Orange County’s lion dancers prepare for Lunar New Year – Orange County Register

Anthony Le was fearful of the lions. Those gigantic heads, vibrant red with protruding eyes, bobbing and weaving across the room, coming closer and closer, the thudding of the aggressive drums louder and louder.

But that was when he was a child. He’s one of them now, a lion.

Le, 24, manages Fountain Valley’s Ane Thanh Lion Dance team, one of several Orange County troops ready up for a busy Lunar New Year season.

There are multiple legends of how the lion dance originated. Still, the message is similar: It’s a traditional performance meant to bring luck in a new year in Chinese, Vietnamese and other Asian cultures. While lion dances are often seen around Lunar New Year and Tết parades and celebrations, they are also performed at other important events that would need luck, such as weddings or business openings.

Le and his team of about 25 members practice every Sunday — but the rehearsals get more intense leading up to Lunar New Year, he said.

“We’re perfecting our moves, reenacting something that’s alive and a being itself, having its own character and actually moving like a lion,” he said.

“We don’t want to be people in a costume moving around, doing jumps here and there,” he said. “It’s truly having this character that’s alive. A lot of people in the performance industry is trying to be that person; so we be the lion.”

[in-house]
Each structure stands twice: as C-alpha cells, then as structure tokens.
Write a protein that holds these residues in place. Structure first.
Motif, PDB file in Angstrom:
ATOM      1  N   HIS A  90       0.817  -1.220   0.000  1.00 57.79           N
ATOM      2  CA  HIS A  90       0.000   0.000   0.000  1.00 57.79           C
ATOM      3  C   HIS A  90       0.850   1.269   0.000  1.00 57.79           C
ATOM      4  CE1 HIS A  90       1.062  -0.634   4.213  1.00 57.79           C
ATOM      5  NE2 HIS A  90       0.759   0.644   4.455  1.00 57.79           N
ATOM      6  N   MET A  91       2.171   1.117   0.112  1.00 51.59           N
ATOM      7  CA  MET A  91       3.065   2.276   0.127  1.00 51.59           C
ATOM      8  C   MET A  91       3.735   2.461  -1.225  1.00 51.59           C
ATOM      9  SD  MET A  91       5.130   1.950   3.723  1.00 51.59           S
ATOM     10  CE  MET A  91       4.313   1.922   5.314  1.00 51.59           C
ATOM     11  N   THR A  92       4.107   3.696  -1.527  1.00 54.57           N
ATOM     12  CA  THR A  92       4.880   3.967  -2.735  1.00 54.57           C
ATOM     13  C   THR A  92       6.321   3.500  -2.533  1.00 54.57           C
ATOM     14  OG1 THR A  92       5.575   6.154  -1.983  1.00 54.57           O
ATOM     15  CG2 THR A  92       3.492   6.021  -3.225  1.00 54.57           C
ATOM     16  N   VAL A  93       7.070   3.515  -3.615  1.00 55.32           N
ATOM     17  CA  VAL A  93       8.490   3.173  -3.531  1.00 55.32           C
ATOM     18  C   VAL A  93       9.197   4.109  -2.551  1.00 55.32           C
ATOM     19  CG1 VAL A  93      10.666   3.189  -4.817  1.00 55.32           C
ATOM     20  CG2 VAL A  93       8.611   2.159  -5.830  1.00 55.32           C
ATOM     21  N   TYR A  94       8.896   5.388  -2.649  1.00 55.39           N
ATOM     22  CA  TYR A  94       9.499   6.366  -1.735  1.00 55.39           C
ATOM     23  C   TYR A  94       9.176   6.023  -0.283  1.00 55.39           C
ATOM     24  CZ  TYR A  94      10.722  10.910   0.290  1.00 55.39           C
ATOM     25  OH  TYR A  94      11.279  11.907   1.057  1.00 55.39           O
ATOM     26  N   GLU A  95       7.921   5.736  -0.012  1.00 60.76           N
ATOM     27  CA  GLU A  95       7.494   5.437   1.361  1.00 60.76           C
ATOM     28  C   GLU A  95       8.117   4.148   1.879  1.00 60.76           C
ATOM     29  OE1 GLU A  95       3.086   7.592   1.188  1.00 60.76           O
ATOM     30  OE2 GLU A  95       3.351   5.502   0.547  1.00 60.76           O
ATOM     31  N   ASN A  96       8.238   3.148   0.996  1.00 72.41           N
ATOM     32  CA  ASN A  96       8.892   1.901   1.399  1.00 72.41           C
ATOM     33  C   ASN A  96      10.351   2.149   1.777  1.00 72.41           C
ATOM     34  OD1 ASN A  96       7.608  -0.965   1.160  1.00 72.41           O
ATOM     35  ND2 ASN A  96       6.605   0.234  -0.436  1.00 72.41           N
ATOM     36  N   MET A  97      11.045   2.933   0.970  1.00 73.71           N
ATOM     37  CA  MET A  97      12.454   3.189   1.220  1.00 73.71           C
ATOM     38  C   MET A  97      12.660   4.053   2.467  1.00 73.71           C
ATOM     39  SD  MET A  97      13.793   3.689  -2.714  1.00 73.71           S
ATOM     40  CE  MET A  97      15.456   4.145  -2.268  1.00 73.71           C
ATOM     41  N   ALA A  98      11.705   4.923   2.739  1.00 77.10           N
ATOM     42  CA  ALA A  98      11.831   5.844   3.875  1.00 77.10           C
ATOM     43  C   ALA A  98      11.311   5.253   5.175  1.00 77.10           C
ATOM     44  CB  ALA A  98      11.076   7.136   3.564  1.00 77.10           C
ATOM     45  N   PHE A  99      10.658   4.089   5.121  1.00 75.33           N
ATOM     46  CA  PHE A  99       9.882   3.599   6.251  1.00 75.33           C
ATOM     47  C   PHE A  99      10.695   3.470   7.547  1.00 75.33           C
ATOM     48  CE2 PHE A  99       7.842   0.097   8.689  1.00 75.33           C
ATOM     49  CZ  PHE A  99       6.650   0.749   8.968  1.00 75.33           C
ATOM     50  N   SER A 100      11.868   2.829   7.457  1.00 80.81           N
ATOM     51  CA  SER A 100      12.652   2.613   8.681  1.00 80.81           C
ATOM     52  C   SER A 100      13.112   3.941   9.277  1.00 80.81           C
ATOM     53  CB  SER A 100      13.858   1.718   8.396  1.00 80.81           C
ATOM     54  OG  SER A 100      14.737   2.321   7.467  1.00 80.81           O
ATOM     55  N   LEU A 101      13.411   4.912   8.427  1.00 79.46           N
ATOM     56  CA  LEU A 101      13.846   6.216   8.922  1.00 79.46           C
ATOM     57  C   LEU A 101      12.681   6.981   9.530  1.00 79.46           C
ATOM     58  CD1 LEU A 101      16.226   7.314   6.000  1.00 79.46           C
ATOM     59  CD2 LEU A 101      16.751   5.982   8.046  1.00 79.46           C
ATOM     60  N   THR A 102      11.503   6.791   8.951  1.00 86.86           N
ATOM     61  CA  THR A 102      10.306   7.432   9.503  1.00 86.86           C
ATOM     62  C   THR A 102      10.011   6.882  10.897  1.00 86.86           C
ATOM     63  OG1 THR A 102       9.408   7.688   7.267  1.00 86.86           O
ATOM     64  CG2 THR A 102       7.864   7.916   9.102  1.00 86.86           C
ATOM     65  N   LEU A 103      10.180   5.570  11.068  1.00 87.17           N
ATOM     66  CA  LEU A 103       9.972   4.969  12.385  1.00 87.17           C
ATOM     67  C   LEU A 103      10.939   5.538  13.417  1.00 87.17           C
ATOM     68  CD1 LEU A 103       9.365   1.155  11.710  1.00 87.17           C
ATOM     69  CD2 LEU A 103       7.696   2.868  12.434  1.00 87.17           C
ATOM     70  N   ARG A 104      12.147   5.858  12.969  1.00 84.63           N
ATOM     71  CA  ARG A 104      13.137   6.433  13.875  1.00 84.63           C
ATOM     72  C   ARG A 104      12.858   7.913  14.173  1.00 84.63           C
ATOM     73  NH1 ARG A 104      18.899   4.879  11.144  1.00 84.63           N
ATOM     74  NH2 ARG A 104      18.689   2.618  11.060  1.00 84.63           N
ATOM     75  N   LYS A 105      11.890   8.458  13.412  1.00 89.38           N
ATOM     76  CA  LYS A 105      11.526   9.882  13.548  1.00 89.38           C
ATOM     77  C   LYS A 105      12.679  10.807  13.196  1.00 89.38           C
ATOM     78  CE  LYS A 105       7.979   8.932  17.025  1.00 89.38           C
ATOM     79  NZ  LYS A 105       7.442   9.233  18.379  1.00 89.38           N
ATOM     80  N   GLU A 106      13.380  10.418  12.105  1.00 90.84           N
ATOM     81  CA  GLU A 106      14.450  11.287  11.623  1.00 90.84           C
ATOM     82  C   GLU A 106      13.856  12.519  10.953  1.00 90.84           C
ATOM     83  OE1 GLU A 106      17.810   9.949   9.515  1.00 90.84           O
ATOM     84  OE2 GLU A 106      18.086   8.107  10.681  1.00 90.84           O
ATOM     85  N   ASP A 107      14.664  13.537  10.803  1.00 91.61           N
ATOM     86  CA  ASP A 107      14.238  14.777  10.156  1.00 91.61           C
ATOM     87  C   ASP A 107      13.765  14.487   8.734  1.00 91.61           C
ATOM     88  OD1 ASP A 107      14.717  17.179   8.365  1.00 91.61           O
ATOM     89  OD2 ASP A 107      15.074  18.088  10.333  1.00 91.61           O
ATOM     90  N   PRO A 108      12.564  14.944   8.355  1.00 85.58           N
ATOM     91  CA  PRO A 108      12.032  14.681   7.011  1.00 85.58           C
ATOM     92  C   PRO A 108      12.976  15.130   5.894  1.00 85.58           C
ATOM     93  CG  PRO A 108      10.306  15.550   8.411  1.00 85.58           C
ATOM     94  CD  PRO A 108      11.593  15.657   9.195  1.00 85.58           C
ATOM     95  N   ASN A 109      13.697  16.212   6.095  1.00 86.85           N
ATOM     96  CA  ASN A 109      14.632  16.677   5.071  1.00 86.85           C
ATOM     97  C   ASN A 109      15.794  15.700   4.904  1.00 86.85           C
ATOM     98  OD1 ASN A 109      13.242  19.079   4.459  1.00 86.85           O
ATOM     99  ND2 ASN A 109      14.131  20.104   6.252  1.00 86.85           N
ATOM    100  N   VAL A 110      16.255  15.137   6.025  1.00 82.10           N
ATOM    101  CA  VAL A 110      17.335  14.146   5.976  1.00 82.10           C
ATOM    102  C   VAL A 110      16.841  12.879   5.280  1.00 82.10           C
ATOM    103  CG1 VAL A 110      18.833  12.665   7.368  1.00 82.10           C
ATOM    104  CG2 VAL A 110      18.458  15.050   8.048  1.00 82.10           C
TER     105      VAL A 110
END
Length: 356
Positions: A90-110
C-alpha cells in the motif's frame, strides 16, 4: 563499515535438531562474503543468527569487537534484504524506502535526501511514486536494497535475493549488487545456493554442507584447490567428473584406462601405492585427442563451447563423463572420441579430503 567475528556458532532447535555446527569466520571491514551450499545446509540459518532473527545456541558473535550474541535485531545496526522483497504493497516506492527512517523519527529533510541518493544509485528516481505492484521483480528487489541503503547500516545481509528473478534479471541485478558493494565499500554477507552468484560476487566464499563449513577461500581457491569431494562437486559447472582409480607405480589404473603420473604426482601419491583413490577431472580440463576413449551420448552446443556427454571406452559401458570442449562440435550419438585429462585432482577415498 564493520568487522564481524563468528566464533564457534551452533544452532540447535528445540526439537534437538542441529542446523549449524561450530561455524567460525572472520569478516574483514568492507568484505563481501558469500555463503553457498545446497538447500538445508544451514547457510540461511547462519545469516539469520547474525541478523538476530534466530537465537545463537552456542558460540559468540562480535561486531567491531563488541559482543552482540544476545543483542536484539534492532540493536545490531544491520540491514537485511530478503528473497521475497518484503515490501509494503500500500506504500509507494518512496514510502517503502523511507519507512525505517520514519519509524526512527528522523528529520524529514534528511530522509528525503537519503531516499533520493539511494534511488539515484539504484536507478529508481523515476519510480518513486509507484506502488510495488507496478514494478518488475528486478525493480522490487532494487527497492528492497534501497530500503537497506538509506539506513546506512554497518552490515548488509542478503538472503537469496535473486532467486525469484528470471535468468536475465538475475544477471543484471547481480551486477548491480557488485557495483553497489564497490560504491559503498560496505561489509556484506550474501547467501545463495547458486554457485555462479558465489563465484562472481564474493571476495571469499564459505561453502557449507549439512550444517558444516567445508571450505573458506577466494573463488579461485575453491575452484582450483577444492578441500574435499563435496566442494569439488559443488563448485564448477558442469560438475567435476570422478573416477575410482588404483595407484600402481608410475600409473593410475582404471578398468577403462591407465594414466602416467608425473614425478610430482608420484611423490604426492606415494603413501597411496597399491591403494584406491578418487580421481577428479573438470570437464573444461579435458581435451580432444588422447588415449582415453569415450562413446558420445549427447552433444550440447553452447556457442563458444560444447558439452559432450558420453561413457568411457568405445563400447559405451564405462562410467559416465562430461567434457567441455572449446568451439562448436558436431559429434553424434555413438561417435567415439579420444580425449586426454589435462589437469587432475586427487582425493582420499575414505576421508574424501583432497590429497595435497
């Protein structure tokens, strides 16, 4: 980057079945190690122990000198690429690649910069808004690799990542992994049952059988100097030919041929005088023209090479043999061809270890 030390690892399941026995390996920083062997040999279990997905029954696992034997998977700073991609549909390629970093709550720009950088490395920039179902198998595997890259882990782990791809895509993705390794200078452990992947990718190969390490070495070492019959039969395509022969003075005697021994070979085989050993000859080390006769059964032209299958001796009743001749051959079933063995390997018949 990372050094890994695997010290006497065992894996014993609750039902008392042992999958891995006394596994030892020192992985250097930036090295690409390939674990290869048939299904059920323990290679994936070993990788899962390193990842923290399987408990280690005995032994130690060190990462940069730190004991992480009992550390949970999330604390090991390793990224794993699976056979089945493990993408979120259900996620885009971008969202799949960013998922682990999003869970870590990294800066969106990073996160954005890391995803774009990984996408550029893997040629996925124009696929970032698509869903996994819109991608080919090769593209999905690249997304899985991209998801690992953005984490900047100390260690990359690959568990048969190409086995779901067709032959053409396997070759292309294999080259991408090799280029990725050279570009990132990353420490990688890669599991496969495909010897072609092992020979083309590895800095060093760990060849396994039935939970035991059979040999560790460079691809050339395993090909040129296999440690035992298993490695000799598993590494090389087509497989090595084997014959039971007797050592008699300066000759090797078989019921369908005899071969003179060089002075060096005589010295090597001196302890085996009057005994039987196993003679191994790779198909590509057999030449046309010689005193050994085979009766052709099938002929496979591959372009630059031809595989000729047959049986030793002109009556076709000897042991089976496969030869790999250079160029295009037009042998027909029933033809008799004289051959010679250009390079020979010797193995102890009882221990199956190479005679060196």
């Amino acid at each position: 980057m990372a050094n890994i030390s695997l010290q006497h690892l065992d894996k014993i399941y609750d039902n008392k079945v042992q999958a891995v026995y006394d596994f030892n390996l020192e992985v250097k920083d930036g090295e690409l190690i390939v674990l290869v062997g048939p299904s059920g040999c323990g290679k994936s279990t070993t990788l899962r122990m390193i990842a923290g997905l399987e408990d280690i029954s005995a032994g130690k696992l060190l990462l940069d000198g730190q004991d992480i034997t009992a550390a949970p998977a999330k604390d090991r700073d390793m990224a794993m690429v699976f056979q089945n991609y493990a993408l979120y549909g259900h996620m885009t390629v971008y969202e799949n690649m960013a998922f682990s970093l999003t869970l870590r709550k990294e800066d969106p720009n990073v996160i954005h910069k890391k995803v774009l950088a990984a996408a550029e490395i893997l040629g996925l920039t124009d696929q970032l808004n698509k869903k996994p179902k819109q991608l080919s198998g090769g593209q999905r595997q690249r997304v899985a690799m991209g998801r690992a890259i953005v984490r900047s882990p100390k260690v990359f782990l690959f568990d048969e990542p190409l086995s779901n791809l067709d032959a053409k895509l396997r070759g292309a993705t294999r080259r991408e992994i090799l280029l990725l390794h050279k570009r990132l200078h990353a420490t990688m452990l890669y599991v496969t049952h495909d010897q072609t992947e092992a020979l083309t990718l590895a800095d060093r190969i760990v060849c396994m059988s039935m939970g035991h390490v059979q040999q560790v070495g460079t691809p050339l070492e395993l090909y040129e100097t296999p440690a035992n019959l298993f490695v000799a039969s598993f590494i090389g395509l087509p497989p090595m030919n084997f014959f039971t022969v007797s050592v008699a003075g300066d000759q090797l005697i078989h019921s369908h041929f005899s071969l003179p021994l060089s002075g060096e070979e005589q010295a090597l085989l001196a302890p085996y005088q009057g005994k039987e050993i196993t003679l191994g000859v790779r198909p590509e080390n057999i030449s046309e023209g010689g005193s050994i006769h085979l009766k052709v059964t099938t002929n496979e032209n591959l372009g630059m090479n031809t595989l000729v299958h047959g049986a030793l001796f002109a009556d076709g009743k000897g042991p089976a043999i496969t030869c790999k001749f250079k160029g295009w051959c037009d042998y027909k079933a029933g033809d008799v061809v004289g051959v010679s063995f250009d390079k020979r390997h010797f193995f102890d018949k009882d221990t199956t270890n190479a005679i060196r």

The lion dance, said Austin Quach, is a way for Asian American dancers to connect with their history and family.

“Being Asian American diaspora and growing up in the U.S., it’s really easy to lose track of that culture, lose track of those roots, where you come from and your family story,” Quach, 27, said. “Participating in lion dance is our way of getting back in touch with our roots and rediscovering our history and everything it has to offer.”

Quach grew up in Northern California where he first studied Chinese martial arts. But his passion evolved into lion and dragon dancing. He devoured VCR tapes and DVDs of the dances. And when he moved to Orange County, he started his own group: Qing Wei Lion & Dragon Dance Cultural Troupe.

Based in Santa Ana, the troupe takes a more hybrid approach, says Quach, its “Sifu,” or executive director. The dance very much draws on a martial arts background, moving lions with power and aggression, but also mimicking small, catlike expressions to portray various emotions.

That “zhou jia” style, incorporating a type of southern Chinese martial art, “has a weight in the way we perform the lion dance,” Quach said. “You’ll notice that through the posture and movements … and the way we bring our lions to life.”

Le’s Ane Thanh Lion Dance group is named for the only non-clergy woman among the 117 Vietnamese martyrs, canonized by Pope John Paul II because they were killed for their faith in the 19th century.

His group practices what Le described as a modern approach to the Southern style of dance, a more popular version where lions are depicted in an array of colors. They use both “fut san” (more aggressive with sharp horns and curved mouths) and “hok san” (more modern and rounded with a flat mouth and friendlier appearance) lions in their performances.

A Northern style of lion dance, he said, more resembles an actual lion, made in gold with yellow and red fur.